12 when the records were available, which defense counsel believes never occurred. Defendant
13 states that it was not until Plaintiff’s deposition that Defendant realized the records had been
14 produced and it then immediately sought the records from the third party. Therefore, Defendant
15 believes that Plaintiff failed to comply with the spirit of Rule 45.
Plaintiff counters that Defendant’s counsel’s recollection of events regarding the meet
17 and confer over the production of these documents from COP is inaccurate in the joint statement.
18 Plaintiff claims that in response to Defendant’s January 30, 2017 email, Plaintiff’s counsel
19 informed Defendant that Plaintiff had still not received the subpoenaed documents from COP.
20 Plaintiff alleges that in a subsequent phone call, Plaintiff’s counsel advised Defendant’s counsel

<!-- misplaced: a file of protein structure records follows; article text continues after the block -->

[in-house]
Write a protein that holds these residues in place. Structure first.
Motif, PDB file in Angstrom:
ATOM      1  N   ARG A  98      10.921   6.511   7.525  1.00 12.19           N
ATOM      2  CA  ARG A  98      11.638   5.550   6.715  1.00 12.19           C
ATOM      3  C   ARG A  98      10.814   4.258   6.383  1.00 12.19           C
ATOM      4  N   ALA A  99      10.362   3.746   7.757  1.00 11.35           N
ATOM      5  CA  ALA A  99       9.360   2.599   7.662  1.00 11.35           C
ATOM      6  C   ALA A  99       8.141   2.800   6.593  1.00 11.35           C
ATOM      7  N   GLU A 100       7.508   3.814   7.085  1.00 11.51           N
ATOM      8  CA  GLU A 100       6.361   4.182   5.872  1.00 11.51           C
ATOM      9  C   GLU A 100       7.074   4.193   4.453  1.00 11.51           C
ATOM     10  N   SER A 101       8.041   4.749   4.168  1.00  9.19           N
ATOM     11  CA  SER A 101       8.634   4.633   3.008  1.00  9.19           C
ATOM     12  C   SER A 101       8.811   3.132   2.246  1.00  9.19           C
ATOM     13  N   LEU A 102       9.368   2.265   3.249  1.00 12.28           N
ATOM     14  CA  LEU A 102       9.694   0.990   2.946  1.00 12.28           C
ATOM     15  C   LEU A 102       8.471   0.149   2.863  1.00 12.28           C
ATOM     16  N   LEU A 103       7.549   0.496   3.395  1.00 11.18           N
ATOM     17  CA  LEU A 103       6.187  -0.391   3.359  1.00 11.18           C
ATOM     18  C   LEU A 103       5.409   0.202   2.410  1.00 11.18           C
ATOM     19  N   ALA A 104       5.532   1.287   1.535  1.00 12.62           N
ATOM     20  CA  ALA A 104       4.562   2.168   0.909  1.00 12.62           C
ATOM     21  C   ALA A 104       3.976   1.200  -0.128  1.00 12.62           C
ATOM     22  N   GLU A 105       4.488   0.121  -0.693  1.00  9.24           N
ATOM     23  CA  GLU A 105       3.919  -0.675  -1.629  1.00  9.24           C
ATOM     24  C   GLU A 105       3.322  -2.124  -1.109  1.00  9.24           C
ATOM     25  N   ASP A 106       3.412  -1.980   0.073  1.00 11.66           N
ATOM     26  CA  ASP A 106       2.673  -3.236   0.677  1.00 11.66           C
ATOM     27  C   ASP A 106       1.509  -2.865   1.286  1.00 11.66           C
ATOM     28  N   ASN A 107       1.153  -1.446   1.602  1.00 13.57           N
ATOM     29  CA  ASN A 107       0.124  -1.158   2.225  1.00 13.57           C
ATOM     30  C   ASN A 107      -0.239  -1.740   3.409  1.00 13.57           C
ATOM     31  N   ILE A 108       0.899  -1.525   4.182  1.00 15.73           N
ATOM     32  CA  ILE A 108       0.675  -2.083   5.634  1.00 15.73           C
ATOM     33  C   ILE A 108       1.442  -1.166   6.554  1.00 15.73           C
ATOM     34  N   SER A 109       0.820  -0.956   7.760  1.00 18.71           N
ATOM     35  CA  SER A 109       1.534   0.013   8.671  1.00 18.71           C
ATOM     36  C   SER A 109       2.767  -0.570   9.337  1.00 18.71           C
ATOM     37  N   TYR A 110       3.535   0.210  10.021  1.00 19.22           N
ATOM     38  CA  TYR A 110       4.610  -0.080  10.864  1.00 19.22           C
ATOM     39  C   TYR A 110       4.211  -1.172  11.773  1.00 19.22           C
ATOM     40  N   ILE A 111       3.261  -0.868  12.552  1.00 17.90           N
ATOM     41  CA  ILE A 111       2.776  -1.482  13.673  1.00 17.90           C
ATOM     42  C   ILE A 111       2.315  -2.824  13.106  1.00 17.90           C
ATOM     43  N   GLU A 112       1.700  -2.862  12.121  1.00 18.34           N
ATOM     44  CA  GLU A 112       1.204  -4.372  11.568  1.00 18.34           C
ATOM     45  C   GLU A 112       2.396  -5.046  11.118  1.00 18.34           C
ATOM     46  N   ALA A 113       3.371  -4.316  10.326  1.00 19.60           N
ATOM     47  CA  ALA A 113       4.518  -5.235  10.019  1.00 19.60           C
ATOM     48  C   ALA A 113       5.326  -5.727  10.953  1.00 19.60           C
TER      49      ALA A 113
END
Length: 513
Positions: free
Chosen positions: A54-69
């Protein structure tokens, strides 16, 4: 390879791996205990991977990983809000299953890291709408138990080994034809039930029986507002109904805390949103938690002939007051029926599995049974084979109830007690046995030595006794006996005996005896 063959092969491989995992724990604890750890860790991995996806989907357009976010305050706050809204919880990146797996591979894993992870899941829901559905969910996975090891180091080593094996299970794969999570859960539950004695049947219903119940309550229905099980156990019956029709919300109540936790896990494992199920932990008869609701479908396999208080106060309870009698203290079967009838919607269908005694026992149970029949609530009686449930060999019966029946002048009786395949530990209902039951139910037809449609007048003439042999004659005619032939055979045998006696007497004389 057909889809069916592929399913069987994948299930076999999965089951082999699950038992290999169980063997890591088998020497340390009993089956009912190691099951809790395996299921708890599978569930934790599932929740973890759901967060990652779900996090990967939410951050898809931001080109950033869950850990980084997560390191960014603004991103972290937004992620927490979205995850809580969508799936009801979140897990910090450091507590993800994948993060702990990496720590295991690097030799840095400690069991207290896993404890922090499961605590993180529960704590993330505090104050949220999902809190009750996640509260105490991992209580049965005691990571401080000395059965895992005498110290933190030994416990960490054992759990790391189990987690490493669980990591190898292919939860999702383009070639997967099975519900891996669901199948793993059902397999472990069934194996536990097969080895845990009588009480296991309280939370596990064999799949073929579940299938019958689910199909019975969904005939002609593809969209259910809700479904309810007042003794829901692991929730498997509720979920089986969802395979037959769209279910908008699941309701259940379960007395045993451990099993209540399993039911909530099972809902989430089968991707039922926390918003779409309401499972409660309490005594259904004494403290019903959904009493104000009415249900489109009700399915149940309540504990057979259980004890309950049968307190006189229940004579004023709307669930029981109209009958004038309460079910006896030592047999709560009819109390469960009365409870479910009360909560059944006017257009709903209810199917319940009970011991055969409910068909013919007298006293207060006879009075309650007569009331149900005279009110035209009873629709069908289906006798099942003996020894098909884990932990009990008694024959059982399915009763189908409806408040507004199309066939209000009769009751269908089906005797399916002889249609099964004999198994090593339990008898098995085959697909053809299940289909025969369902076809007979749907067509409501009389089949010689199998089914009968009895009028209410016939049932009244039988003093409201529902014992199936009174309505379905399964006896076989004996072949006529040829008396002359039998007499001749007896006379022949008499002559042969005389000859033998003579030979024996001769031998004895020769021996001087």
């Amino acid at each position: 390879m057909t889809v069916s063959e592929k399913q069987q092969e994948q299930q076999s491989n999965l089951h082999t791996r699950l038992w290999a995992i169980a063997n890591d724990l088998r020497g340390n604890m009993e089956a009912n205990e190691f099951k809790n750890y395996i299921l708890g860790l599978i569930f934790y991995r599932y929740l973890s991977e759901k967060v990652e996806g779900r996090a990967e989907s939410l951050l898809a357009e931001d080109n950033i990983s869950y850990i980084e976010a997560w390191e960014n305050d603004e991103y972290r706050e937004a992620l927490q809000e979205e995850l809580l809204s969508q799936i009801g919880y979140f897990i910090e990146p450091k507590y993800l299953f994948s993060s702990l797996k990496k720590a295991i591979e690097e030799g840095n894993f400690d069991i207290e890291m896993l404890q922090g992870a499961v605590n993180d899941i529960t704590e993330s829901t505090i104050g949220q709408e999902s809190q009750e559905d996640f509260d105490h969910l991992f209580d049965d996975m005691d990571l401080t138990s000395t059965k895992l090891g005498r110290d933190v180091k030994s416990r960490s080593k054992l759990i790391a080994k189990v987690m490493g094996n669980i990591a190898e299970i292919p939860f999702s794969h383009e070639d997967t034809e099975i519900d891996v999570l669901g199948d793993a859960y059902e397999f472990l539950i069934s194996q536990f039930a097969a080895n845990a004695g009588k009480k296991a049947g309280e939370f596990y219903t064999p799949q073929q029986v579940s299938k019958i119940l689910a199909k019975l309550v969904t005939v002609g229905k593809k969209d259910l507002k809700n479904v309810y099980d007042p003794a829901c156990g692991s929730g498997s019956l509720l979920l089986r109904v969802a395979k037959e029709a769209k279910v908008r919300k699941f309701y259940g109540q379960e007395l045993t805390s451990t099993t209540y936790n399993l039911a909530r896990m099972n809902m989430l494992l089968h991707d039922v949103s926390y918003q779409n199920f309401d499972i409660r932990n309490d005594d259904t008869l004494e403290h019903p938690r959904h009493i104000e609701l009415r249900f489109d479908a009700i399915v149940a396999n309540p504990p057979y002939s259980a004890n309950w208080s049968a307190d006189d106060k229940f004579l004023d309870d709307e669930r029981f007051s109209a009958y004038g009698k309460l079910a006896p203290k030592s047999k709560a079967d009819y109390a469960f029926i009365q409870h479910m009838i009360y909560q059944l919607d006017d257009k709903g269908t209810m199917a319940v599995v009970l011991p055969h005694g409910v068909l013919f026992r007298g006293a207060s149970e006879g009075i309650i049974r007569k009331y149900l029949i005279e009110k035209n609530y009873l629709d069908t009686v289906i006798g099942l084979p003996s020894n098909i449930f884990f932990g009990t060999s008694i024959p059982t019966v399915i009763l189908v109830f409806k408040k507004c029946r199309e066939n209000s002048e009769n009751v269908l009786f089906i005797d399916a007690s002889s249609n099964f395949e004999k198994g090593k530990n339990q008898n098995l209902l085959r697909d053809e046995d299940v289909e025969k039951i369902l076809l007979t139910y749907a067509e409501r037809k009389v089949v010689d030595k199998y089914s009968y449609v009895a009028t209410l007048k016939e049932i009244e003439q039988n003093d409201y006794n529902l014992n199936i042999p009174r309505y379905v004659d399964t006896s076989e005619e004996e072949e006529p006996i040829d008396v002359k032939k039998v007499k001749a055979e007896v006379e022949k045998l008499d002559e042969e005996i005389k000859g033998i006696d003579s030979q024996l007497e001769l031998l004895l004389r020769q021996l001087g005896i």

21 that she should call COP and obtain these documents herself and Defendant’s counsel affirmed
22 that she would do so.
Plaintiff states that during the parties’ April 18, 2017 conference,
23 Defendant’s counsel stated that she did not recall the conversation, but she never denied that she
24 knew about the existence of the documents prior to the deposition and that she had the
25 opportunity to obtain them before then.
Plaintiff had subpoenaed the documents from COP pursuant to Rule 45. The Advisory
27 Committee Notes to the 2013 Amendments to Rule 45(a) provide, in pertinent part:
The amendments are intended to achieve the original purpose of enabling the
other parties to object or to serve a subpoena for additional materials.
Parties desiring access to information produced in response to the subpoena will
need to follow up with the party serving it or the person served to obtain such
access. The rule does not limit the court’s authority to order notice of receipt of